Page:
Royal Mail’s first set of figures as a private company are likely to provide yet more impetus for its soaring share-price. The new Royal Mail Group saw a mild increase in revenues and a stronger growth in profits with its performance confirming the emerging dominance of the e-retailing driven parcel business.
For the first six months of 2013 Royal Mail saw a 2% increase in revenue and a near doubling of operational profit from £144m to £283m. The picture around operating profits was complicated by the extensive ‘transformational’ restructuring that Royal Mail is engaged in. This cost £70m over the half-year yet this figure was £120m less than in the same period last year, therefore flattering the company’s income.
The performance of the business was also slightly complicated with the core ‘UK Parcels International and Letters’ increasing revenue by 1% year-on-year but more than doubling profits. Not only is this due to the changing ‘transformational costs’ picture but it also obscures the divergence between the parcels business which saw revenue grow by 9% and the letters business which experienced an underlying fall in revenue of 3%. To make things even more complicated, parcel volume was roughly static with the increase in revenue being driven by the effects of “size-based pricing”.
The European parcel carrier GLS performed well with revenue up 6%, volumes up 6% and operating profit 11% on hardening margins despite very mixed economic conditions in its continental European markets.
Royal Mail is focussed on changing itself into an effective parcel company whilst managing the decline of its mail business. The path that the company has chosen is to focus on smaller packages that can be delivered easily through its existing ‘last mile’ network, which is the reason that it introduced its ‘size-based pricing’ model which Royal Mail’s management believes will enable it to dominate the 1 kilo or less segment of the parcel market. In parallel it is introducing ‘click and collect’ services through the Post Office network despite these now being a separate company to the Royal Mail.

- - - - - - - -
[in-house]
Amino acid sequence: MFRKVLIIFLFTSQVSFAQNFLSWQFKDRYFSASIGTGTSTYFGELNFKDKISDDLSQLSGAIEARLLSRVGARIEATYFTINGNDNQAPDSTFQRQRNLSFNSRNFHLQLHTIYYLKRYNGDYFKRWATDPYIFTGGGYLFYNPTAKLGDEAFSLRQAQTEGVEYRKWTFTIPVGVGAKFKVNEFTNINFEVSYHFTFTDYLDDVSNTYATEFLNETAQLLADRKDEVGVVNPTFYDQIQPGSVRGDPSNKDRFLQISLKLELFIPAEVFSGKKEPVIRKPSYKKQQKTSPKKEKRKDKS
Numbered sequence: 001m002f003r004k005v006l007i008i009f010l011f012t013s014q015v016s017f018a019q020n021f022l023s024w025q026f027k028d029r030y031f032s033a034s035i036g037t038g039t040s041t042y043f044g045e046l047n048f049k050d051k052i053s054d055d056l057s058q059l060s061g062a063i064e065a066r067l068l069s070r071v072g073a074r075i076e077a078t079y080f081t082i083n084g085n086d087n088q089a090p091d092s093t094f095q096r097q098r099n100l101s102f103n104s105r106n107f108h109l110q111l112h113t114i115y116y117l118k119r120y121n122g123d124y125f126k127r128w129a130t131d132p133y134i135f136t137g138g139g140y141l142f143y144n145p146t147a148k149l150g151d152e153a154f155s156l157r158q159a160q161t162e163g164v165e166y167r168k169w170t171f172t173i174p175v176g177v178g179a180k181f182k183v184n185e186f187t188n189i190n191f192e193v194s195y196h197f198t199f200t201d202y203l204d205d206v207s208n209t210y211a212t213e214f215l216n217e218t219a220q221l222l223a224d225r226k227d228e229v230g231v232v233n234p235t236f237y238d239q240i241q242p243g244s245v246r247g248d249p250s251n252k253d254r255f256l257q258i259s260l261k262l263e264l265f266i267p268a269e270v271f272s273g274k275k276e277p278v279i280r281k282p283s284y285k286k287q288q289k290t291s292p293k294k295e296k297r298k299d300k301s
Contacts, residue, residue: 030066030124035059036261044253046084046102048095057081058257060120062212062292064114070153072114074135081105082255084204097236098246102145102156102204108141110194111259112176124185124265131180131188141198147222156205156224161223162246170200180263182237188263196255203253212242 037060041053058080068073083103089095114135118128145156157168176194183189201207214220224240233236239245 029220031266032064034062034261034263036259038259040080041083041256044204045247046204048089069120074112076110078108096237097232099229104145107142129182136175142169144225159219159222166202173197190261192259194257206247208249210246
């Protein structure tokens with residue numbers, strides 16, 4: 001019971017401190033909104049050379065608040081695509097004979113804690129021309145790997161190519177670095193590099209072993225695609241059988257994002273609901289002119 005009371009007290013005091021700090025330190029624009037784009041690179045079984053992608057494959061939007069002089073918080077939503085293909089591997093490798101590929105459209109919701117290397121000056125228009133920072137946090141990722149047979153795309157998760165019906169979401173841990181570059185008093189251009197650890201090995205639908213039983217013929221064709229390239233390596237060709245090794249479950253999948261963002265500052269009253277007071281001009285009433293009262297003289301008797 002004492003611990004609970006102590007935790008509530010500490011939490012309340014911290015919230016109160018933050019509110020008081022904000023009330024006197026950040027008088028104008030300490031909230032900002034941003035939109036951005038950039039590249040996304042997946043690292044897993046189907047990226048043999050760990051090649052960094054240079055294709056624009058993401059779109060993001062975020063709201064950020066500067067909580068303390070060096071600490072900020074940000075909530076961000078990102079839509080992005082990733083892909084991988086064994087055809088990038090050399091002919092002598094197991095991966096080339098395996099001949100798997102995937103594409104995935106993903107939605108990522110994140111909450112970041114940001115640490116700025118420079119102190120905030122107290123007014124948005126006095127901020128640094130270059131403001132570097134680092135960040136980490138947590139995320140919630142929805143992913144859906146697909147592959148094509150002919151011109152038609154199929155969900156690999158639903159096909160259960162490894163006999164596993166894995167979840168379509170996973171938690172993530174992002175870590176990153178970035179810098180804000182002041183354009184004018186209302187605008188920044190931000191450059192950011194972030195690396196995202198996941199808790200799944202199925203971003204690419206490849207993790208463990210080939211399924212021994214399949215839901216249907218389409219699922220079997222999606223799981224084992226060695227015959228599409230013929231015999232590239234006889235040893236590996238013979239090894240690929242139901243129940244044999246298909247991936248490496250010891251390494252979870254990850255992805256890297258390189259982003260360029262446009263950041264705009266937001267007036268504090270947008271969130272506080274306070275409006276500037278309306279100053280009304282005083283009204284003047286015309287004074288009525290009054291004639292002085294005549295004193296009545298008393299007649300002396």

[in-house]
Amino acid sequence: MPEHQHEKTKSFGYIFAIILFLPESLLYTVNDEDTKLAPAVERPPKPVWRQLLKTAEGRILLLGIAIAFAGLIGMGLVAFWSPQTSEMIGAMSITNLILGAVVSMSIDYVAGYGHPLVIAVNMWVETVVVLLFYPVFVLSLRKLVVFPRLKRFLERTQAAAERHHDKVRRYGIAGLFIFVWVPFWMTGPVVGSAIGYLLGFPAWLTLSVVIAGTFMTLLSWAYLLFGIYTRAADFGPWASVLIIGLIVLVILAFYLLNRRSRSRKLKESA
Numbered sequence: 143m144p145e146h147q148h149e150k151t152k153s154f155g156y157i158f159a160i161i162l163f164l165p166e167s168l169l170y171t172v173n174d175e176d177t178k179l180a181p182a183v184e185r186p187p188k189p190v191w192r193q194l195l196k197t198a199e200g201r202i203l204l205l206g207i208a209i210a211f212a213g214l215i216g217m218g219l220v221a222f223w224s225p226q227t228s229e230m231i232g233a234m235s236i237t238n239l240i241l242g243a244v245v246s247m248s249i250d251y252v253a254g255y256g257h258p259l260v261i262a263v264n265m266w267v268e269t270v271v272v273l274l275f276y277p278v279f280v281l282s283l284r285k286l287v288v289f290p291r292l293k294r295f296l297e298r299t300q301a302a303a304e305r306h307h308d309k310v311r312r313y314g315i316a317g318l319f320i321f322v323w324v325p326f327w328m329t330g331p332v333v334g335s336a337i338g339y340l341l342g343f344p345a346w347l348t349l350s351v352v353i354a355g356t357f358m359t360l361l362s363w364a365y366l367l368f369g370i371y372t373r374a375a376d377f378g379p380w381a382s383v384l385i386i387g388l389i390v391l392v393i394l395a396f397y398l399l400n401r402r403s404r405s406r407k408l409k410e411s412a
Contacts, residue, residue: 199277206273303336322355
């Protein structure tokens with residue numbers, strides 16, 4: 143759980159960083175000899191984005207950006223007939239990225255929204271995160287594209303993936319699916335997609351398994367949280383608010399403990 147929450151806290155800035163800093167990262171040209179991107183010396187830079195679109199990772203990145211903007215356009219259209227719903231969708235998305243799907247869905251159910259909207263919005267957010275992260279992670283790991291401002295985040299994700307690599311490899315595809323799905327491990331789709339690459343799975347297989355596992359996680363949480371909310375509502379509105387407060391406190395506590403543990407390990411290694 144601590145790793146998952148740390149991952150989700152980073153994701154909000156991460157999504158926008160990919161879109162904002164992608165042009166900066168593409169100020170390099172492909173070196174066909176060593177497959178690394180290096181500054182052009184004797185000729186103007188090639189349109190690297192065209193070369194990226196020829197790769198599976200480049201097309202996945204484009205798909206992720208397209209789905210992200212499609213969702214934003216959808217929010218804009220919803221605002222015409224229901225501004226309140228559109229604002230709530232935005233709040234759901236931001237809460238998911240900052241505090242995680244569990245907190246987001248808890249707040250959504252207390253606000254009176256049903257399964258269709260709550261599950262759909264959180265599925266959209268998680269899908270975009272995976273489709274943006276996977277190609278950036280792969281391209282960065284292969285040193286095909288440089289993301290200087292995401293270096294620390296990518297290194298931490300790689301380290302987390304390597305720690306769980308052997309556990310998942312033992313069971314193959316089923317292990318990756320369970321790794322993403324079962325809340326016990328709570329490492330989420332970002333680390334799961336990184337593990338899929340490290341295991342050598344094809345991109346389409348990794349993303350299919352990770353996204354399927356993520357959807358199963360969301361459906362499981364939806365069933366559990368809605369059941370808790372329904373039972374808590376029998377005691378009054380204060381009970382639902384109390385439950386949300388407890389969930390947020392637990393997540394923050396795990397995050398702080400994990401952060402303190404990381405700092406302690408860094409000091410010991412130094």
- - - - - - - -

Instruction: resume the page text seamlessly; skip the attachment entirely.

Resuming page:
The situation concerning Royal Mail’s corporate finances remains febrile. For not only is there continuing noise about the undervaluing of the sale of equity in the business by the British Government but there are also rumours that some of Royal Mail’s new share-holders are exploring the potential of the rationalisation of property holdings through options such as sale and lease-back. Some large London hedge funds have invested heavily in Royal Mail and may be looking to flex its finances as a means to improve asset utilisation.